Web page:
How frustrated would you be if you ordered a series of high-cost, custom-made baskets and the product you received didn’t work right for your process? What if your custom wire baskets let parts fall out during the wash, or allowed parts to clump together in a pile that keeps the parts in the center of the pile from getting clean?
Odds are that the production delays and excess scrap such poorly-designed baskets create would cause you severe frustration. Worse yet, these delays could end up putting you behind schedule on your own production.
Marlin Steel is frequently contacted by companies that thought they were getting a good deal on their previous baskets from a different vendor—at least until they actually tried to put those baskets to use.
Such was the case on a recent order for custom wire baskets for ultrasonic parts cleaning/degreasing.
The client had a highly specialized ultrasonic parts cleaning system that would rotate the baskets in the wash for maximum agitation and surface coverage of each part. Additionally, the smallest part in the wash process was a tiny 0.202” across, which would allow it to easily fall through the gaps between wires if they used the standard 0.25” gap for ultrasonic cleaning.
To add another layer of difficulty, at the midpoint of the client’s parts finishing process was a tumble blast cabinet which would expose both the basket and parts to severe abrasion.
This created a few opposing goals.
Normally, with ultrasonic cleaning, you want to minimize the amount of material between the ultrasonic transducer and the parts being cleaned—this means having more open space. Also, you want the wires to be a bit thicker so as to better withstand the stress of ultrasonic cavitation.
However, small parts mean that the spacing between wires HAS to be closer, or else parts will fall out. To minimize interference with the ultrasonic vibrations, each wire then has to be made a bit thinner.
The tumble blast cabinet would add even more stress to what the basket would have to endure. Once again, this would usually call for the use of thicker wires, but such wires could interfere with the finishing process.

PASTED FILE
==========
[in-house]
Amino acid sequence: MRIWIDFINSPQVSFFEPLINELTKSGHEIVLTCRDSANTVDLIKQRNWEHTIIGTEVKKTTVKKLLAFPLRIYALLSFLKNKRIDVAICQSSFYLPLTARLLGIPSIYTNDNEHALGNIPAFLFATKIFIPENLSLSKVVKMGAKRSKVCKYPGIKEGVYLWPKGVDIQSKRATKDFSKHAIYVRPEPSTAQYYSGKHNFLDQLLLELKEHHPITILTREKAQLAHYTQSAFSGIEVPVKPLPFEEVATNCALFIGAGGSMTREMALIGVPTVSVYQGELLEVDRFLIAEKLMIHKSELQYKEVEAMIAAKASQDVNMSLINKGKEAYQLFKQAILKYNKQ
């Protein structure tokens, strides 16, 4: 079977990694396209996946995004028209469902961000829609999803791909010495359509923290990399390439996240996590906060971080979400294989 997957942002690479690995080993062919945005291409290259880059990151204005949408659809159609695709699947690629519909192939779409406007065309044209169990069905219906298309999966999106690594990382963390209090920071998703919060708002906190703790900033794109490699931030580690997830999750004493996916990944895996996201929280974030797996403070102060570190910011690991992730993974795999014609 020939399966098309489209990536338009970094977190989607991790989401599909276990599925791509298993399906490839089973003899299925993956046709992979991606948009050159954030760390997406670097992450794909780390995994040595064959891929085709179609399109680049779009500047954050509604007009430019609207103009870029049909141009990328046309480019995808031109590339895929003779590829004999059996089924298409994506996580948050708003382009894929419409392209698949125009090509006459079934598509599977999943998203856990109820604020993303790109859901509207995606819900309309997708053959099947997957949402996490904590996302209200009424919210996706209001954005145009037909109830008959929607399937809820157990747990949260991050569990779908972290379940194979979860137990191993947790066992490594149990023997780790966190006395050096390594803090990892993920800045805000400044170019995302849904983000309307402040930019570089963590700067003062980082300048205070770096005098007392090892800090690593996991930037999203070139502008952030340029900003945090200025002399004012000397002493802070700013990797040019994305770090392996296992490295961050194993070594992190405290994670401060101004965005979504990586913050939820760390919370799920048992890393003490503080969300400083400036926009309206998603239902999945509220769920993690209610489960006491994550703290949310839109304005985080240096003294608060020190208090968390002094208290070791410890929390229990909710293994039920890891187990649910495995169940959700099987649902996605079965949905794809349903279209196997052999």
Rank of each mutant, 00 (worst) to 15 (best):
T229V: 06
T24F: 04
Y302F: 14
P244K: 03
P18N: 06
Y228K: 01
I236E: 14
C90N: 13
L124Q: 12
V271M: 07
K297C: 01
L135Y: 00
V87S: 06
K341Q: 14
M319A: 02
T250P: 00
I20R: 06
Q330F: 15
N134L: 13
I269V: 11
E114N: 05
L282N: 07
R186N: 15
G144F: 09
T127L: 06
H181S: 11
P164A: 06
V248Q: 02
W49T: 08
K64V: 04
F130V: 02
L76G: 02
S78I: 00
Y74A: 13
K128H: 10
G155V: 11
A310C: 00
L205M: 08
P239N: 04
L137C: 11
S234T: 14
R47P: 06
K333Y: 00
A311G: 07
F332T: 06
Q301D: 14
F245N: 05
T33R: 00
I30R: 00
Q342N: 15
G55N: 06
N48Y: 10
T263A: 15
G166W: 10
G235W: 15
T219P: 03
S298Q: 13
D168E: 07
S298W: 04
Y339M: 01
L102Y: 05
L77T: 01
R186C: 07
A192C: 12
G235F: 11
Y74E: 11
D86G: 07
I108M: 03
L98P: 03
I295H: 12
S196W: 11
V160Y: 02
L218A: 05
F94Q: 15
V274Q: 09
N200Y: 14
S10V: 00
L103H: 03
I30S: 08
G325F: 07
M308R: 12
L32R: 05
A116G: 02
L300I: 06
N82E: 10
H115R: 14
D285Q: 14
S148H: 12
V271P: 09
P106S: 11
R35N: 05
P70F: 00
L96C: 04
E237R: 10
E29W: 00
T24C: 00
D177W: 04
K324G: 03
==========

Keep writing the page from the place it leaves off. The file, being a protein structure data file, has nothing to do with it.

Marlin to the Rescue!
When faced with creating a basket that could stand up to the sheer stress imposed by ultrasonic cleaning and tumble blasting for very small parts, Marlin’s manufacturing team didn’t give up.
Using advanced virtual physics simulation software, Marlin’s engineers could test all of their design variants quickly and thoroughly without having to waste labor and material on prototypes that wouldn’t work.
When a mesh size and spacing was identified as being suitable for holding the parts in place without interfering with the ultrasonic wash and tumble blast processes, Marlin’s engineers tested different types of metal alloys for the design.
The metal used here would need to be extremely resistant to corrosion while possessing a high tensile strength & hardness. After considering numerous grades of stainless steel, Marlin’s engineers settled on using grade 316L with a passivated finish.
316L Stainless Steel is the low-carbon variant of 316 which is more resistant to intergranular corrosion after welding or stress relieving processes. As a material, 316L is more resistant to corrosion from chloride exposure than grade 304 stainless steel, while maintaining high strength and impact resistance.
By passivating the alloy, the metal’s surface resistance to corrosion and pitting was enhanced. This would not only help the steel better survive immersion in ultrasonic cleaning fluids, it would help the basket survive the rigors of the tumble blast process.
Using virtual testing of basket designs and years of experience designing wire baskets for different parts finishing process, Marlin’s engineers were able to overcome the design challenges that had thwarted the client’s previous basket supplier.
Best of all, the client was able to get their new baskets quickly because they didn’t have to wait for real-world testing.